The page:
Ankara bags dug me out of a debt hole
By Mona Ombogo | October 10th 2018
“As a kid, I watched as our lifestlye transformed for the better when my dad resigned from his job and went into business. It was at this point that I knew I wanted to be an entrepreneur,” says Ian Mati, founder of Vintara Collections.
At 25, Ian runs an accessory brand which merges Ankara material with modern material to make unique cultural bags for all occasions.
He started selling these products when he found himself in debt after a failed business venture. He was trying to recoup the cash to repay his investor.
He speaks to Hustle about how setbacks have always propelled him to his next great accomplishment; his most recent one being acquiring an investment of Sh3 million from the KCB Lion’s Den.
What debt were you trying to repay when you got into the accessory business?
I had started an events business called Watoto Ni Sisi. It was aimed at bringing fun events to adults. The first event went so well that we made a profit of Sh70,000. I was inspired to do another, this time bigger and better. So I borrowed Sh200,000 to finance it. It flopped. I was left with a debt of Sh100,000. I sold my phone for Sh30,000 but still needed to find Sh70,000.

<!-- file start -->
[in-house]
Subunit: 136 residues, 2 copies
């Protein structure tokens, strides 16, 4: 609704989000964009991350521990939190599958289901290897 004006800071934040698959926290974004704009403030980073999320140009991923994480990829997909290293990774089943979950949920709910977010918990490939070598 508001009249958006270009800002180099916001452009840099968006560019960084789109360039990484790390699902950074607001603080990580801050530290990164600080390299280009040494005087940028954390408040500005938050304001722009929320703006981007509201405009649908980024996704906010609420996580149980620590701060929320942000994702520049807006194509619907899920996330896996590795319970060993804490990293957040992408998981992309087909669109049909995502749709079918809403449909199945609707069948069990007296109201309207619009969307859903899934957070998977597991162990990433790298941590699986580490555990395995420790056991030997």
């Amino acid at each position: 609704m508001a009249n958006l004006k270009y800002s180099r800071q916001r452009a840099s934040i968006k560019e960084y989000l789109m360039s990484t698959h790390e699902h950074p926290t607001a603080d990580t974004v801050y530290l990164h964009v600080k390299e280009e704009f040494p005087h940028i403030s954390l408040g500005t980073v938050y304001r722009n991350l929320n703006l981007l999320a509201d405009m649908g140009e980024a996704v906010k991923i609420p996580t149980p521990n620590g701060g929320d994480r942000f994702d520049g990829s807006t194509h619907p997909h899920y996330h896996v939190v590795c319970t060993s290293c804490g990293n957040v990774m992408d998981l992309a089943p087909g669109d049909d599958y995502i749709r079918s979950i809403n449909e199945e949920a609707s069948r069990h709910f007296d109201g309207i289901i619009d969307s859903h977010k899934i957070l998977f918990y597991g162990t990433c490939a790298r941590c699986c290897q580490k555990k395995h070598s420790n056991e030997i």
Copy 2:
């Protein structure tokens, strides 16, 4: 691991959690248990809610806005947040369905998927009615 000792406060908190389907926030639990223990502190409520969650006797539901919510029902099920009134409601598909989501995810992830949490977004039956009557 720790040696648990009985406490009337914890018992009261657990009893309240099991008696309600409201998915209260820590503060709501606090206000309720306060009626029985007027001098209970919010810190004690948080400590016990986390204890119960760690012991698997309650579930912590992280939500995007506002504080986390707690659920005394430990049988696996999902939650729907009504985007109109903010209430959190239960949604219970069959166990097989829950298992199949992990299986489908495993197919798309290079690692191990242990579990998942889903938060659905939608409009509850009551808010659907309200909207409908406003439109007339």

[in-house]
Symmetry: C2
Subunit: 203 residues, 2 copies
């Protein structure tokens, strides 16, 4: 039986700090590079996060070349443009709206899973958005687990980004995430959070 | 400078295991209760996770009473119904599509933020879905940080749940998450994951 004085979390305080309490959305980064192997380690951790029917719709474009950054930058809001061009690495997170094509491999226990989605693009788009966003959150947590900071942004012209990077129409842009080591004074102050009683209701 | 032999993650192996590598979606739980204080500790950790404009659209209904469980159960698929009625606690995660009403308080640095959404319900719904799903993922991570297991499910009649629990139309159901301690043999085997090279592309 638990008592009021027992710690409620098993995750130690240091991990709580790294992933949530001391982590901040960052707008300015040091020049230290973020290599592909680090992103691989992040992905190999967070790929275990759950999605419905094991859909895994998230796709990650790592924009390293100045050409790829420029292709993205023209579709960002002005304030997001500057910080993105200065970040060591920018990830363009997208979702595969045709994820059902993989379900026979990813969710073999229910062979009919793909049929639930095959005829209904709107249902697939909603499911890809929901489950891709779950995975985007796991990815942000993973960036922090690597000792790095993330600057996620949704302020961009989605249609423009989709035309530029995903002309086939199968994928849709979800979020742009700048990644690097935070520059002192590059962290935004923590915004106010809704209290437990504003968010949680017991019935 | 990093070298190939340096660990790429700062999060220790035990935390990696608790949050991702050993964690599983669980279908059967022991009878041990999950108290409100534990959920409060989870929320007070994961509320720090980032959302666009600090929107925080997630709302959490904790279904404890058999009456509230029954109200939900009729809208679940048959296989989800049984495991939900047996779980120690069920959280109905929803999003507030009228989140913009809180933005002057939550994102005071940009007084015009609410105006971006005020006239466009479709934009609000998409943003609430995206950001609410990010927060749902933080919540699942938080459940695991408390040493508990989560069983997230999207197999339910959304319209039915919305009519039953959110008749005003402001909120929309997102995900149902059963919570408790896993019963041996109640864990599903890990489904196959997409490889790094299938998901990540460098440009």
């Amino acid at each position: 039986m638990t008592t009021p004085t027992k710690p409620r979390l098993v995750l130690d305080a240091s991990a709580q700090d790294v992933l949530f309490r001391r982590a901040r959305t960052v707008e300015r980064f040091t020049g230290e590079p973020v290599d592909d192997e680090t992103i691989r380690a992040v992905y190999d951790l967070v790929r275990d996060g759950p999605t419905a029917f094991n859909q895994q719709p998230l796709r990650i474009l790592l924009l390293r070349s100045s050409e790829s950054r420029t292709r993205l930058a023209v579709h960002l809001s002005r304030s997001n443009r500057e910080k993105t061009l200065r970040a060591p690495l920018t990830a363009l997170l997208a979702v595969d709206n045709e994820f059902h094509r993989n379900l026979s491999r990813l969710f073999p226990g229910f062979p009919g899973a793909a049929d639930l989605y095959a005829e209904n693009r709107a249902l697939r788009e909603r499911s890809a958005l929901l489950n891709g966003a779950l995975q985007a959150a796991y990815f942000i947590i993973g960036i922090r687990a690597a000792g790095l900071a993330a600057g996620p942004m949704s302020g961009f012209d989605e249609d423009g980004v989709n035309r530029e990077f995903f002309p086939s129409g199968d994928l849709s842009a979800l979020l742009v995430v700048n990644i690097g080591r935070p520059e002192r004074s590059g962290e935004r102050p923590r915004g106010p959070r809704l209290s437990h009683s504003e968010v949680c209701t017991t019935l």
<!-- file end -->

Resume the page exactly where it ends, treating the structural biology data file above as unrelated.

How did you get the idea to sell bags?
I didn’t start off with bags. I started off with shoes. I’d bought a pair of shoes made from Ankara material and people kept asking me where I’d gotten them. I went back to the shoe supplier and told him the shoes were in demand and if he gave me a commission I’d help him sell them. He offered me Sh500 for each pair sold. In a week I’d sell at least 10 pairs, which gave me Sh5,000. I was ecstatic because I was well on my way to repaying my loan.
At what point did you realise this was a viable business?
I figured if I could sell shoes, I could sell bags as well. Only this time I wanted to make my own designs, so I hired a tailor. In about three months, we had sold enough products to repay my loan. My intention was to go back to events once I’d made more capital but then I got invited to a fashion event to showcase my bags. I couldn’t say no even though I felt unqualified to be part of a fashion show.
How did you fair?